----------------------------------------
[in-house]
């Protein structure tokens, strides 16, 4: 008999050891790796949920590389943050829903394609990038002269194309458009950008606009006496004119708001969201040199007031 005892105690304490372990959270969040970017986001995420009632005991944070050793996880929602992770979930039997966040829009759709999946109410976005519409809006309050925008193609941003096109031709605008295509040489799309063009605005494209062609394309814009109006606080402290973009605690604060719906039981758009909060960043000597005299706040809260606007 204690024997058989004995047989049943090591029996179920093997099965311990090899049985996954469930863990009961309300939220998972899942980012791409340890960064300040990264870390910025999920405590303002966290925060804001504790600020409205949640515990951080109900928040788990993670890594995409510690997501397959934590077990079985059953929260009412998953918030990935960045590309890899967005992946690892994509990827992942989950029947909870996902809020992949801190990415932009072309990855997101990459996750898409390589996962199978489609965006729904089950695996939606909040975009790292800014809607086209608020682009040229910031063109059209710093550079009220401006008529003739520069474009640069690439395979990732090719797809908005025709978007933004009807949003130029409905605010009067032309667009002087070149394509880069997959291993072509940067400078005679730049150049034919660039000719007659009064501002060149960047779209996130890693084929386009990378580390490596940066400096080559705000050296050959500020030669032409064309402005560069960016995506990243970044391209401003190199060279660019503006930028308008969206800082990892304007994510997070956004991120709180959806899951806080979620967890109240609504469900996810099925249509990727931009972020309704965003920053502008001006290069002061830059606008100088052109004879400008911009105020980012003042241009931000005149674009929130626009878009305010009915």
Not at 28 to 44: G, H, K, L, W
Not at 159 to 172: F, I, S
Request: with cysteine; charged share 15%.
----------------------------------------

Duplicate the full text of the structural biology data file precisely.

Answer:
[in-house]
């Protein structure tokens, strides 16, 4: 008999050891790796949920590389943050829903394609990038002269194309458009950008606009006496004119708001969201040199007031 005892105690304490372990959270969040970017986001995420009632005991944070050793996880929602992770979930039997966040829009759709999946109410976005519409809006309050925008193609941003096109031709605008295509040489799309063009605005494209062609394309814009109006606080402290973009605690604060719906039981758009909060960043000597005299706040809260606007 204690024997058989004995047989049943090591029996179920093997099965311990090899049985996954469930863990009961309300939220998972899942980012791409340890960064300040990264870390910025999920405590303002966290925060804001504790600020409205949640515990951080109900928040788990993670890594995409510690997501397959934590077990079985059953929260009412998953918030990935960045590309890899967005992946690892994509990827992942989950029947909870996902809020992949801190990415932009072309990855997101990459996750898409390589996962199978489609965006729904089950695996939606909040975009790292800014809607086209608020682009040229910031063109059209710093550079009220401006008529003739520069474009640069690439395979990732090719797809908005025709978007933004009807949003130029409905605010009067032309667009002087070149394509880069997959291993072509940067400078005679730049150049034919660039000719007659009064501002060149960047779209996130890693084929386009990378580390490596940066400096080559705000050296050959500020030669032409064309402005560069960016995506990243970044391209401003190199060279660019503006930028308008969206800082990892304007994510997070956004991120709180959806899951806080979620967890109240609504469900996810099925249509990727931009972020309704965003920053502008001006290069002061830059606008100088052109004879400008911009105020980012003042241009931000005149674009929130626009878009305010009915």
Not at 28 to 44: G, H, K, L, W
Not at 159 to 172: F, I, S
Request: with cysteine; charged share 15%.